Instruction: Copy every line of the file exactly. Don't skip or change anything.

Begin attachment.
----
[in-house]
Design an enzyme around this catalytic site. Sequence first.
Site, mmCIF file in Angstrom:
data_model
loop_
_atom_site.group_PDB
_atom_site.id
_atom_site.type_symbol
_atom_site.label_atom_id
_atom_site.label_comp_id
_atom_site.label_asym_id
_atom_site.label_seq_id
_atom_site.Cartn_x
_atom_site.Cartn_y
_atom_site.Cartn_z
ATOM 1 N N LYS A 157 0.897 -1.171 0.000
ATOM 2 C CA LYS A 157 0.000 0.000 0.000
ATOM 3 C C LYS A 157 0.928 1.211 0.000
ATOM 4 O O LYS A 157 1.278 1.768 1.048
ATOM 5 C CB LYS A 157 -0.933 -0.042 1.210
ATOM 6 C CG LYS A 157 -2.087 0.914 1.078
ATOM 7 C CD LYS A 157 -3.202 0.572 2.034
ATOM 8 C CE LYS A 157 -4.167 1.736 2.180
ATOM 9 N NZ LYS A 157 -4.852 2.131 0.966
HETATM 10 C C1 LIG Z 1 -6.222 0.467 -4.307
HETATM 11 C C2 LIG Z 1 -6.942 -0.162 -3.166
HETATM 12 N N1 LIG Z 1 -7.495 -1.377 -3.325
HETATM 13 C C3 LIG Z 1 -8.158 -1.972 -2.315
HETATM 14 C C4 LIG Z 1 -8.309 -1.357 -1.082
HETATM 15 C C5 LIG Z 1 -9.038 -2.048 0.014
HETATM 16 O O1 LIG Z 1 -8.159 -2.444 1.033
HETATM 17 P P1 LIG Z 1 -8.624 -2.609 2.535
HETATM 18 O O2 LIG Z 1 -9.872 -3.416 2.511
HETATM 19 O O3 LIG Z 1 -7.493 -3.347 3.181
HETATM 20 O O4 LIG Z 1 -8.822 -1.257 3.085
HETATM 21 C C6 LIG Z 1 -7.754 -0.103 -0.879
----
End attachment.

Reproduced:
[in-house]
Design an enzyme around this catalytic site. Sequence first.
Site, mmCIF file in Angstrom:
data_model
loop_
_atom_site.group_PDB
_atom_site.id
_atom_site.type_symbol
_atom_site.label_atom_id
_atom_site.label_comp_id
_atom_site.label_asym_id
_atom_site.label_seq_id
_atom_site.Cartn_x
_atom_site.Cartn_y
_atom_site.Cartn_z
ATOM 1 N N LYS A 157 0.897 -1.171 0.000
ATOM 2 C CA LYS A 157 0.000 0.000 0.000
ATOM 3 C C LYS A 157 0.928 1.211 0.000
ATOM 4 O O LYS A 157 1.278 1.768 1.048
ATOM 5 C CB LYS A 157 -0.933 -0.042 1.210
ATOM 6 C CG LYS A 157 -2.087 0.914 1.078
ATOM 7 C CD LYS A 157 -3.202 0.572 2.034
ATOM 8 C CE LYS A 157 -4.167 1.736 2.180
ATOM 9 N NZ LYS A 157 -4.852 2.131 0.966
HETATM 10 C C1 LIG Z 1 -6.222 0.467 -4.307
HETATM 11 C C2 LIG Z 1 -6.942 -0.162 -3.166
HETATM 12 N N1 LIG Z 1 -7.495 -1.377 -3.325
HETATM 13 C C3 LIG Z 1 -8.158 -1.972 -2.315
HETATM 14 C C4 LIG Z 1 -8.309 -1.357 -1.082
HETATM 15 C C5 LIG Z 1 -9.038 -2.048 0.014
HETATM 16 O O1 LIG Z 1 -8.159 -2.444 1.033
HETATM 17 P P1 LIG Z 1 -8.624 -2.609 2.535
HETATM 18 O O2 LIG Z 1 -9.872 -3.416 2.511
HETATM 19 O O3 LIG Z 1 -7.493 -3.347 3.181
HETATM 20 O O4 LIG Z 1 -8.822 -1.257 3.085
HETATM 21 C C6 LIG Z 1 -7.754 -0.103 -0.879